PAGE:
The baroque flute’s inherent unevenness and sensitivity to changes in airflow and finger positioning require flutists to develop extensive ear training and intonation awareness. To achieve tonal clarity and harmonic balance, pitch and tuning notes must be adjusted accurately, especially in sections with weak notes or enharmonic fingerings.

The aim of practicing with the modern flute, on the other hand, is to create a balanced, full tone and dynamic range across the various registers, requiring a broader and somewhat more relaxed embouchure.

The daily study of the modern flute, considering its inherent stability, often aims at achieving ever more extreme technical skills, rather than focusing on challenges that are more specific to the baroque flute, such as attaining speed in response and prompt coordination to adjust to intonation changes.

Another major takeaway from our conversations with the flutists was the ability of the baroque flute to play as if speaking or telling a story, by means of applying a very wide variety of syllables to clarify musical phrases through articulation. 

A hallmark of baroque flute practice lies in the exploration of tonal colours and articulations inherent in the instrument.

It may not be necessary to limit ourselves to French music (tu, ru) or to use Quantz (ti, di, ri, did’ll) solely for late baroque music, but we should be aware of the language we are trying to reproduce when playing any piece. In fact, applying some of this to playing modern flute can yield some positive outcomes.  

Furthermore, while the baroque flute and modern flute have distinct qualities and repertoire, there are study pieces that can be beneficial and applicable to both instruments. These pieces often focus on fundamental techniques such as tone production, articulation, phrasing, and finger dexterity, making them versatile options for flutists transitioning between the two instruments, and serving as pillars upon which to build a fine understanding of historical performance practices.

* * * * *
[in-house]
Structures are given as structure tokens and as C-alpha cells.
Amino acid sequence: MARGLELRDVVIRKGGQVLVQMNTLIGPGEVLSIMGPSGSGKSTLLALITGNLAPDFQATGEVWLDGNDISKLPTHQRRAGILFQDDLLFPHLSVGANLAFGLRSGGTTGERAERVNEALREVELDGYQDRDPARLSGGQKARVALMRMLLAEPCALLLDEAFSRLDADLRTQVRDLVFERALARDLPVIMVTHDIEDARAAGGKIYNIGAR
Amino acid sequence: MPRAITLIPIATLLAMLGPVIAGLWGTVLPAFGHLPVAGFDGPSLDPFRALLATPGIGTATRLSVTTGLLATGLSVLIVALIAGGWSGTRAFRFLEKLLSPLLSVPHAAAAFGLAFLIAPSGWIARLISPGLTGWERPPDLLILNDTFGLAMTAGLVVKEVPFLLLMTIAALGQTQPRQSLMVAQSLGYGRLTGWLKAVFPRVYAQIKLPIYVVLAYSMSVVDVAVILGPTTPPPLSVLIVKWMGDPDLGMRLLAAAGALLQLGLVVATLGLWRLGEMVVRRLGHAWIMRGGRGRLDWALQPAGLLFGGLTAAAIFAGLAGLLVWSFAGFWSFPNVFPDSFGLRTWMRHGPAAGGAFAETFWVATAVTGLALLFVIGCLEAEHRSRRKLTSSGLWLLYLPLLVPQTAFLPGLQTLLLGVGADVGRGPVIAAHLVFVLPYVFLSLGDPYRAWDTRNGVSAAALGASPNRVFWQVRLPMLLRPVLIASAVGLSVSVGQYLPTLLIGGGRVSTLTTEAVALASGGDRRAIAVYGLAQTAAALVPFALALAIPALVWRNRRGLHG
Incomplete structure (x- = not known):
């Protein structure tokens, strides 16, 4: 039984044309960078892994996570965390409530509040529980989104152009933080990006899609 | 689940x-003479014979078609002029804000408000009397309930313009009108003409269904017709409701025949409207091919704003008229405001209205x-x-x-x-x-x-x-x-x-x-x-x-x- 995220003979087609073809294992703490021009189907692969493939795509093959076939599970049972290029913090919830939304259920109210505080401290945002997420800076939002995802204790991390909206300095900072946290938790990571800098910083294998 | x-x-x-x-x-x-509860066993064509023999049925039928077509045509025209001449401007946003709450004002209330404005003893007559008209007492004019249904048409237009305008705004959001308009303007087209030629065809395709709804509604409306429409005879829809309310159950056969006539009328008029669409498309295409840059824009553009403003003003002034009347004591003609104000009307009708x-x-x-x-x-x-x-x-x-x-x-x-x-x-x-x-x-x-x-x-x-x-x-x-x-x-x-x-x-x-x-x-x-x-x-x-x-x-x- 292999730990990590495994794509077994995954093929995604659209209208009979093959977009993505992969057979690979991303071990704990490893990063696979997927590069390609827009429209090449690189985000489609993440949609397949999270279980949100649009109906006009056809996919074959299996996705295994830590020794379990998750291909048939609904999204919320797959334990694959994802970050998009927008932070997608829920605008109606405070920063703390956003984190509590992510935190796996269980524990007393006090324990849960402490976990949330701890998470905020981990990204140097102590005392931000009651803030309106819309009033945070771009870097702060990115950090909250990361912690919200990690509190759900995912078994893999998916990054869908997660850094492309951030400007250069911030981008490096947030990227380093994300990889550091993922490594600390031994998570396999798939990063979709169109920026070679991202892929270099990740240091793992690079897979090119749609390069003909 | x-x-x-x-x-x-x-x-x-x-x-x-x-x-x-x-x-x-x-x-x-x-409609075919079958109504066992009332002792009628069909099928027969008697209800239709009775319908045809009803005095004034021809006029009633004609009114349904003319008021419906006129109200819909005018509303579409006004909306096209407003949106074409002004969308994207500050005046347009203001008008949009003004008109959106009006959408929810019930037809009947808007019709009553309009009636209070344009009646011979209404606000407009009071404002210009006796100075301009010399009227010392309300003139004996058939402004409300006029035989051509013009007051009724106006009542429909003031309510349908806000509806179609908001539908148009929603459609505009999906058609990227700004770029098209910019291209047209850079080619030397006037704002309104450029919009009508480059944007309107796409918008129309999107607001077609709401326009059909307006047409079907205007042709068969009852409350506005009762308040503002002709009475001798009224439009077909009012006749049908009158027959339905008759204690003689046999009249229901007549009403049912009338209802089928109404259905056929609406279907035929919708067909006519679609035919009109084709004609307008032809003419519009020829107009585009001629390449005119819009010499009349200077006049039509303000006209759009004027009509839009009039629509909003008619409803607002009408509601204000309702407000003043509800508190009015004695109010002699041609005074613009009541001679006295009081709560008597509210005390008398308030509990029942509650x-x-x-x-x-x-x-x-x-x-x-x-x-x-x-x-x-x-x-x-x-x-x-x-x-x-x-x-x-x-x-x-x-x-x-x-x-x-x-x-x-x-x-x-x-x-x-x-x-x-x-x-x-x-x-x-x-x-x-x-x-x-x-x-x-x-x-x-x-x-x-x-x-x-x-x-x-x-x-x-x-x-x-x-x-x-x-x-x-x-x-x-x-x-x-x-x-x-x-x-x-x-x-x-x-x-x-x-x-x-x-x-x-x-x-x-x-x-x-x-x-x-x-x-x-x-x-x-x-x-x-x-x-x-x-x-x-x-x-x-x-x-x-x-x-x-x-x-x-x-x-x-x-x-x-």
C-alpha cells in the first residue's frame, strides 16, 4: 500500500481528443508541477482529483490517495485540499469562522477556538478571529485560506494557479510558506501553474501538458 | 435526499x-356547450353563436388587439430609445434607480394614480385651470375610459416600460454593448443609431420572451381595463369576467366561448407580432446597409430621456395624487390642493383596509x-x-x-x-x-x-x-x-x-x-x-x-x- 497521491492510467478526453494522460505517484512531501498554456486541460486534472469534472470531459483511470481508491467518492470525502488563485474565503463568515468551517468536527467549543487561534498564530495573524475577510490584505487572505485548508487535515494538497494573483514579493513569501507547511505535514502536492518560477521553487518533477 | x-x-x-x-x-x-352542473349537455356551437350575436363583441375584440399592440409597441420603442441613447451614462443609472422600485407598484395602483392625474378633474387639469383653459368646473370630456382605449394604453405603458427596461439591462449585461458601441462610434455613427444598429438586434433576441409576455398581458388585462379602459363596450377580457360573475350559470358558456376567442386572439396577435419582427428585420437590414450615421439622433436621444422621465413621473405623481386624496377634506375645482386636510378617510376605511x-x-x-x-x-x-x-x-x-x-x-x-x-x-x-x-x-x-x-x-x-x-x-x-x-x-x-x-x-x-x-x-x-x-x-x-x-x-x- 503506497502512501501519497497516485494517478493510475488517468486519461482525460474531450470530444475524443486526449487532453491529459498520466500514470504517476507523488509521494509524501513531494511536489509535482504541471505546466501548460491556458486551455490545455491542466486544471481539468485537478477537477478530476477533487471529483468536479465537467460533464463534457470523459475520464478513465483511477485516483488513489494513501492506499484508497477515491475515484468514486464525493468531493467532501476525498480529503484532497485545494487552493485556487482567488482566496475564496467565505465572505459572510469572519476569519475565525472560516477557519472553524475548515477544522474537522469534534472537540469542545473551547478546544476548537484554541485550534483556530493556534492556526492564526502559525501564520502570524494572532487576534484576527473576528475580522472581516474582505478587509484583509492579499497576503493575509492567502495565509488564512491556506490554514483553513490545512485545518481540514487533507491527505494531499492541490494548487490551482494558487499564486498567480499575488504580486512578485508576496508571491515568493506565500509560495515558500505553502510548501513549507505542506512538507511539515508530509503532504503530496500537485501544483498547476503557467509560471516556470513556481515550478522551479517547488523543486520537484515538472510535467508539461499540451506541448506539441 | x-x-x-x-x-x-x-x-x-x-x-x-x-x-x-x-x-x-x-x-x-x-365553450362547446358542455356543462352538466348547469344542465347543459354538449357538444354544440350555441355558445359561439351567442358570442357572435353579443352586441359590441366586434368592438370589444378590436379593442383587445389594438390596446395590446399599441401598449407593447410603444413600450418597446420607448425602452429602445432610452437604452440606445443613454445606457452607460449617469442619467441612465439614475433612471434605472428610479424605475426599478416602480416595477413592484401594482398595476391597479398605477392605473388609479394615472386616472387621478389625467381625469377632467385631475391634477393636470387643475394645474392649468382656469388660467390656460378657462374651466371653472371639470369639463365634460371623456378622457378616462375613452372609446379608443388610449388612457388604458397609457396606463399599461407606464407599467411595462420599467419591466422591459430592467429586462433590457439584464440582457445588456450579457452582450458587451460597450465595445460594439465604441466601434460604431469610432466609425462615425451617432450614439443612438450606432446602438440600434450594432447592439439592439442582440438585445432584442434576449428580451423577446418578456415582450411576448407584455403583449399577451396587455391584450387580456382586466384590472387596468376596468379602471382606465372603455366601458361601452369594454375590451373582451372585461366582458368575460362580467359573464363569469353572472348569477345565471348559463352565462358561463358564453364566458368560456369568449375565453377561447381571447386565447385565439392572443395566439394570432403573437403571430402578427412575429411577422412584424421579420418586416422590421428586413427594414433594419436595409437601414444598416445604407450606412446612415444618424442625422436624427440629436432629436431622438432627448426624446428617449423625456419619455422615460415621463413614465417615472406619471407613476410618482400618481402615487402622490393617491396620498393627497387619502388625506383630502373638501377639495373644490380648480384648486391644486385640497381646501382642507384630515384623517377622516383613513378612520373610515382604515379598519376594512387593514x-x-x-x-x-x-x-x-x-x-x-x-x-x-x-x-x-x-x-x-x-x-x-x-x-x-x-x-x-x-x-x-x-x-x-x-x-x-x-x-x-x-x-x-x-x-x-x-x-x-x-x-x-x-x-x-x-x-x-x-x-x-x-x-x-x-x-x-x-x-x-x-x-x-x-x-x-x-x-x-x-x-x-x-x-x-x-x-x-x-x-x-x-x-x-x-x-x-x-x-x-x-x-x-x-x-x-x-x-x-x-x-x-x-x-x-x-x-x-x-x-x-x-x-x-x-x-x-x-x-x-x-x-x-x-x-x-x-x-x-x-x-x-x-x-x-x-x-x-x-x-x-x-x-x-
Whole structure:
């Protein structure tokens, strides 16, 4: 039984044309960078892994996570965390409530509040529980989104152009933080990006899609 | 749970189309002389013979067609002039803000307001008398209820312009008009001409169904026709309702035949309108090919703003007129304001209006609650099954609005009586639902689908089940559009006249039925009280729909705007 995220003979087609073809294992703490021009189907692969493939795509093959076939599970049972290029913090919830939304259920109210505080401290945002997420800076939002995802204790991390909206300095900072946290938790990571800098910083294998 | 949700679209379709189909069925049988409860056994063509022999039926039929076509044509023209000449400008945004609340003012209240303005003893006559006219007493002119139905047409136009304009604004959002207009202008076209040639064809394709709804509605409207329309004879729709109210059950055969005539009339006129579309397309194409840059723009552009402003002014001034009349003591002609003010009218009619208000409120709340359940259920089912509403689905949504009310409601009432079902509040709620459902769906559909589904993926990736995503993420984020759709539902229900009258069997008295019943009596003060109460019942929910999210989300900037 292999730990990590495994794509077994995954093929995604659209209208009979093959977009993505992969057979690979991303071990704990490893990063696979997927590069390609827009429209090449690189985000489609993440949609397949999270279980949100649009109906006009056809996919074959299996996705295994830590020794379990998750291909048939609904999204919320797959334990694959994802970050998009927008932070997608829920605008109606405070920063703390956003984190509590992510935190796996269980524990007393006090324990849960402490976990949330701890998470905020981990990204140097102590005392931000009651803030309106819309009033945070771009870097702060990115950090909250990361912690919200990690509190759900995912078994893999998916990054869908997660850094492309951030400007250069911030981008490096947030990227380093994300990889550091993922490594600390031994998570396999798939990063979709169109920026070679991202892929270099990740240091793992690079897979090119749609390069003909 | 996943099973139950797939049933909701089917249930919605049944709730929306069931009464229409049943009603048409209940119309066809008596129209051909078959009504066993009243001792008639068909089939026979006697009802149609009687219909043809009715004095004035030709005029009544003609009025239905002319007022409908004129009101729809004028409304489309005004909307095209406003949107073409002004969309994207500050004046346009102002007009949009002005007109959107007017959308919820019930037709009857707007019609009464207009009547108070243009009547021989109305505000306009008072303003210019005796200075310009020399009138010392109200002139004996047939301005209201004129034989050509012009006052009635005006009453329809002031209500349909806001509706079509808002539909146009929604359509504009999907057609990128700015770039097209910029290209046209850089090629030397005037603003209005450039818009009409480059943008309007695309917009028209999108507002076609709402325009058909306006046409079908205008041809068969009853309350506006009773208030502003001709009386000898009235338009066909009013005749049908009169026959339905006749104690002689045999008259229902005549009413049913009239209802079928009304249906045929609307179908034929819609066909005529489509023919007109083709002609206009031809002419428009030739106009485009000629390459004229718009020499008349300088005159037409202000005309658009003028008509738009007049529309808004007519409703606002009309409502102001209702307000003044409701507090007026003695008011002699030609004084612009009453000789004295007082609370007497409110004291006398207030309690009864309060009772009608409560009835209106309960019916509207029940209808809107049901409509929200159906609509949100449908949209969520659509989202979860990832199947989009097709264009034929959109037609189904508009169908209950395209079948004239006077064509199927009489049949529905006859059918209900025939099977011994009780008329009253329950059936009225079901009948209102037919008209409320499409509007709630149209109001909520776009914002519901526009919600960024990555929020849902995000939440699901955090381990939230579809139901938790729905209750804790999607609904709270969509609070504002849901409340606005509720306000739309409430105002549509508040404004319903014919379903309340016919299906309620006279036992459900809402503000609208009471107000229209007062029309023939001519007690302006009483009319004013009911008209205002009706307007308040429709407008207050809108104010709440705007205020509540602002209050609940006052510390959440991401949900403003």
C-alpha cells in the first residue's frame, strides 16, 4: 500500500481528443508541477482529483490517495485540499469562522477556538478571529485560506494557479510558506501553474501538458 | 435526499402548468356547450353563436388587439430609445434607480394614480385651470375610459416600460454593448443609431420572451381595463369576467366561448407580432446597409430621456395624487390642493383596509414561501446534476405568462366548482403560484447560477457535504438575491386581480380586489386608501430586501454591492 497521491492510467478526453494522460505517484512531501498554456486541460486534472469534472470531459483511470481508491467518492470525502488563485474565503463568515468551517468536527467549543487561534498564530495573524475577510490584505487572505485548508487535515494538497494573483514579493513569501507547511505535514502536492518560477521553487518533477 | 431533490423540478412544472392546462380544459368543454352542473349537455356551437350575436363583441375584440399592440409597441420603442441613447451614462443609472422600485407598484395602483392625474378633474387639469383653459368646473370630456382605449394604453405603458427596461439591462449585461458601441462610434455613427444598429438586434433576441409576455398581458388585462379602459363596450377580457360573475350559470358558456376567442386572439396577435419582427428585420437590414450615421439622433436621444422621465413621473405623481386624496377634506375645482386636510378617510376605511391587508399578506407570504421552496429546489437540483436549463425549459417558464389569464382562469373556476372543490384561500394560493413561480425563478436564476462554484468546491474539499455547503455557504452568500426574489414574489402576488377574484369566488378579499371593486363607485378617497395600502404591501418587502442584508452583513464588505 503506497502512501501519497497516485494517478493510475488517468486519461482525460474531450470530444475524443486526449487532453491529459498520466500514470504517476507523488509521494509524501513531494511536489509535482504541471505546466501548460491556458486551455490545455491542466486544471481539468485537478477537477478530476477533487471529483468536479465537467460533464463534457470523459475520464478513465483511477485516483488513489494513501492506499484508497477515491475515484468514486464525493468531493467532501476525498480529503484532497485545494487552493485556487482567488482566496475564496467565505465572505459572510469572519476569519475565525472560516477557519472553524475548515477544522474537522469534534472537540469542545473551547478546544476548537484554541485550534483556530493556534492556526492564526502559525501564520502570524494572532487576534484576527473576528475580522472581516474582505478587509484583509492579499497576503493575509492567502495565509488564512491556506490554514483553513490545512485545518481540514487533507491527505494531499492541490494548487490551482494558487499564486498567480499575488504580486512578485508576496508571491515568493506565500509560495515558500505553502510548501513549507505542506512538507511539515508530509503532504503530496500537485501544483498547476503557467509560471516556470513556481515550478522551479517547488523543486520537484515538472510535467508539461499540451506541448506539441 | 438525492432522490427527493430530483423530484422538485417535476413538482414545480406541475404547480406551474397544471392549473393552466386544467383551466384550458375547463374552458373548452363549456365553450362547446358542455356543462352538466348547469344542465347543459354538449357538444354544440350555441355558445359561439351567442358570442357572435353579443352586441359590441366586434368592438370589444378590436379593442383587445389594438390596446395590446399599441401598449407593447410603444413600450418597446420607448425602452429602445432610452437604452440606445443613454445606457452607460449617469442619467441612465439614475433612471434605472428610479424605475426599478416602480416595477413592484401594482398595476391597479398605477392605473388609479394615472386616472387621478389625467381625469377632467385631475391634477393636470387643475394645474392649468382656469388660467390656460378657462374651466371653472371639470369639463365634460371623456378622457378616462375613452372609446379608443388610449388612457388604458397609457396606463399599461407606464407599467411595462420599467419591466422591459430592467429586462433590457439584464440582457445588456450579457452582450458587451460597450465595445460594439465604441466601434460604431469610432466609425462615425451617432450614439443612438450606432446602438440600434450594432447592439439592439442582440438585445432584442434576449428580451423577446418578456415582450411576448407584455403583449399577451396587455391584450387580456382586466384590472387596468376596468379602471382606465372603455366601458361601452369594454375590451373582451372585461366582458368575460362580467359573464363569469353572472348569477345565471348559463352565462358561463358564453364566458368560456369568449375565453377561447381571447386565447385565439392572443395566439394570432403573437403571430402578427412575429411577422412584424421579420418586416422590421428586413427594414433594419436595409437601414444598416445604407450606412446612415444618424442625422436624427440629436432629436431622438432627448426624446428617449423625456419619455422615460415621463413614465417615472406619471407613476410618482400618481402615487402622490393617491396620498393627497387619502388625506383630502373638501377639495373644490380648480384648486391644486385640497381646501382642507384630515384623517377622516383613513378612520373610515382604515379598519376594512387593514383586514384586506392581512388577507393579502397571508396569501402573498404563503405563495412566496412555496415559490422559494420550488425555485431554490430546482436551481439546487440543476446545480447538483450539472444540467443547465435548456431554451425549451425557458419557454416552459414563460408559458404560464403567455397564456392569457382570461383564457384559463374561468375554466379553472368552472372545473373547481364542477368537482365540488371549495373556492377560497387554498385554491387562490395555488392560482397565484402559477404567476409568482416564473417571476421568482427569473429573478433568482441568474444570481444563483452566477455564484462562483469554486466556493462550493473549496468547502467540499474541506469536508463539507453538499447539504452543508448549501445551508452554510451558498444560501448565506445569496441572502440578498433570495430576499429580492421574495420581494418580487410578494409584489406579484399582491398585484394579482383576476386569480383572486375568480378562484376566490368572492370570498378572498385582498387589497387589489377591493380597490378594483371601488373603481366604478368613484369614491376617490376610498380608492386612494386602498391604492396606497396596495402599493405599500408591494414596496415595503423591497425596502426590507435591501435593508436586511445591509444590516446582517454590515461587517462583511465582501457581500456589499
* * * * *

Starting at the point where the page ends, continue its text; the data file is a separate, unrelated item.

Some classical evergreens were mentioned to this purpose, such as the collections by Reichert, Taffanel or Moyse, but also baroque references were given as useful tools for the modern flute players to get closer to the style and historical context of that time, such as the works by Quantz or Telemann.

Even some contemporary extended techniques of the modern flute can help a lot in developing a more flexible baroque flute technique, as in these examples: playing multiphonics and harmonics can help stabilize the sound, or practicing extreme glissandos, or note bending helps to expand our dynamic and intonation abilities.

Still, the differences between the two instruments need to be taken into account. The Boehm flute places a strong emphasis on evenness and technical proficiency, as that instrument’s design makes this more suitable. With the baroque flute there are some specific areas to work on: managing the weak notes; practicing short scale patterns and paying attention to airspeed over the weak notes so they aren’t blown sharp; practicing slow and quick diminuendos on all the notes, though primarily on the strong ones, as small dynamic shaping is such a distinctive aspect of baroque phrasing.

By incorporating these study pieces into their practice routines, flutists can enhance their technical proficiency, musicality, and versatility on both the baroque flute and modern flute, in a sense bridging the gap between historical and contemporary performance practices.


By examining cases and input from experts, we have developed a better understanding of different ways to approach practicing baroque and modern flute. Whether blending historical authenticity with modern innovations or immersing oneself in the rich texture of baroque repertoire, flutists continue to push the frontiers of their art form, savouring the challenges and rewards of daily practice with passion and dedication. 

The main message to take away from this discussion is that flutists base their practice around musicality and expression, prioritizing the communication of emotion and narrative through their playing, approaching each piece as a story to be told. This requires a deep understanding of historical performance practices and stylistic nuances that can be applicable and helpful across various types of flutes.

Francesco Belfiore

www.traversopractice.net | Facebook Page | Youtube

Francesco Belfiore is a lifetime flute enthusiast, amateur and researcher.

In 2022 he started the Traverso Practice Net, an open-access multimedia sharing platform, with the aim to fill existing gaps in baroque flute practice at all levels. 

In just over a year, the platform has gained global traction and extensive recognition.

The website has had more than 9,000 visitors from all over the world and the Facebook community counts nearly 1,000 followers.